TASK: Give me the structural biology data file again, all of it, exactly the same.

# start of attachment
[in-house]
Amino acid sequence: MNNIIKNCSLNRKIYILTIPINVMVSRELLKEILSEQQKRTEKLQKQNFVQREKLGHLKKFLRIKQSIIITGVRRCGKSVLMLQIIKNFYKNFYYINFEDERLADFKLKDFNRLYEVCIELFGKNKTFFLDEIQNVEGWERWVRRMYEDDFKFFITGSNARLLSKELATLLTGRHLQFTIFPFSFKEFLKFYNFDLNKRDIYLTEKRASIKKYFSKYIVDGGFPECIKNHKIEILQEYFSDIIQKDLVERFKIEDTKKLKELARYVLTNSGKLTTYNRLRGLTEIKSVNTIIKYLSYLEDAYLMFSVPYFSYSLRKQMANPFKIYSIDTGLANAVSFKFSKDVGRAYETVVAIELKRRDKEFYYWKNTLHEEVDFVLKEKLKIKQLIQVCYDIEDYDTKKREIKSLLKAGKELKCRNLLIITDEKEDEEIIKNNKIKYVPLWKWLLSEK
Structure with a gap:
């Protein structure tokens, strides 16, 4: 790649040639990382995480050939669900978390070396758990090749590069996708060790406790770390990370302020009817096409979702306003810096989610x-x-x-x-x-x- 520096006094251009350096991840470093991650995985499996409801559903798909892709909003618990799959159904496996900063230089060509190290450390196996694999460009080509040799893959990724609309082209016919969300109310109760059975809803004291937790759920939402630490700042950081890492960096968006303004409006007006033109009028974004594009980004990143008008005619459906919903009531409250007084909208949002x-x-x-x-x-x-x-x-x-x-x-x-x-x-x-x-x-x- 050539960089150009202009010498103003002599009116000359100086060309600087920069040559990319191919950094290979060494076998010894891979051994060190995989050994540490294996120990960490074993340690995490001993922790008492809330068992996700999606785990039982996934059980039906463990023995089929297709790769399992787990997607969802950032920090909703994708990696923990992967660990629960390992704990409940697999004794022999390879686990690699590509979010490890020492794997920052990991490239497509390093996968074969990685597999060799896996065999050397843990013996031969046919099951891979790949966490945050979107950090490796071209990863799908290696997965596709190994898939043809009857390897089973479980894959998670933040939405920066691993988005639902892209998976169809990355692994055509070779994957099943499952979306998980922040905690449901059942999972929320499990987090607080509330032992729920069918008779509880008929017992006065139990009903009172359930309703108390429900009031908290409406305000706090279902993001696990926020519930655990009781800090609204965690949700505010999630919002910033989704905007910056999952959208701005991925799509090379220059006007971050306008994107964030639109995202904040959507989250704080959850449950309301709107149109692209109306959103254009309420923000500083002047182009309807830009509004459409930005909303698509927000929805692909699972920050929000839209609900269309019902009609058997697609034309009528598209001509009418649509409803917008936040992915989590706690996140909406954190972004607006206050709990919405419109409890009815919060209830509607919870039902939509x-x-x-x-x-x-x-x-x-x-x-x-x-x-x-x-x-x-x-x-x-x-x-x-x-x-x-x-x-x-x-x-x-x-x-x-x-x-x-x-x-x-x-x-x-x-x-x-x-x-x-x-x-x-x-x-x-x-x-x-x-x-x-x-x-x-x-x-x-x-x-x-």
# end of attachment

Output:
[in-house]
Amino acid sequence: MNNIIKNCSLNRKIYILTIPINVMVSRELLKEILSEQQKRTEKLQKQNFVQREKLGHLKKFLRIKQSIIITGVRRCGKSVLMLQIIKNFYKNFYYINFEDERLADFKLKDFNRLYEVCIELFGKNKTFFLDEIQNVEGWERWVRRMYEDDFKFFITGSNARLLSKELATLLTGRHLQFTIFPFSFKEFLKFYNFDLNKRDIYLTEKRASIKKYFSKYIVDGGFPECIKNHKIEILQEYFSDIIQKDLVERFKIEDTKKLKELARYVLTNSGKLTTYNRLRGLTEIKSVNTIIKYLSYLEDAYLMFSVPYFSYSLRKQMANPFKIYSIDTGLANAVSFKFSKDVGRAYETVVAIELKRRDKEFYYWKNTLHEEVDFVLKEKLKIKQLIQVCYDIEDYDTKKREIKSLLKAGKELKCRNLLIITDEKEDEEIIKNNKIKYVPLWKWLLSEK
Structure with a gap:
């Protein structure tokens, strides 16, 4: 790649040639990382995480050939669900978390070396758990090749590069996708060790406790770390990370302020009817096409979702306003810096989610x-x-x-x-x-x- 520096006094251009350096991840470093991650995985499996409801559903798909892709909003618990799959159904496996900063230089060509190290450390196996694999460009080509040799893959990724609309082209016919969300109310109760059975809803004291937790759920939402630490700042950081890492960096968006303004409006007006033109009028974004594009980004990143008008005619459906919903009531409250007084909208949002x-x-x-x-x-x-x-x-x-x-x-x-x-x-x-x-x-x- 050539960089150009202009010498103003002599009116000359100086060309600087920069040559990319191919950094290979060494076998010894891979051994060190995989050994540490294996120990960490074993340690995490001993922790008492809330068992996700999606785990039982996934059980039906463990023995089929297709790769399992787990997607969802950032920090909703994708990696923990992967660990629960390992704990409940697999004794022999390879686990690699590509979010490890020492794997920052990991490239497509390093996968074969990685597999060799896996065999050397843990013996031969046919099951891979790949966490945050979107950090490796071209990863799908290696997965596709190994898939043809009857390897089973479980894959998670933040939405920066691993988005639902892209998976169809990355692994055509070779994957099943499952979306998980922040905690449901059942999972929320499990987090607080509330032992729920069918008779509880008929017992006065139990009903009172359930309703108390429900009031908290409406305000706090279902993001696990926020519930655990009781800090609204965690949700505010999630919002910033989704905007910056999952959208701005991925799509090379220059006007971050306008994107964030639109995202904040959507989250704080959850449950309301709107149109692209109306959103254009309420923000500083002047182009309807830009509004459409930005909303698509927000929805692909699972920050929000839209609900269309019902009609058997697609034309009528598209001509009418649509409803917008936040992915989590706690996140909406954190972004607006206050709990919405419109409890009815919060209830509607919870039902939509x-x-x-x-x-x-x-x-x-x-x-x-x-x-x-x-x-x-x-x-x-x-x-x-x-x-x-x-x-x-x-x-x-x-x-x-x-x-x-x-x-x-x-x-x-x-x-x-x-x-x-x-x-x-x-x-x-x-x-x-x-x-x-x-x-x-x-x-x-x-x-x-």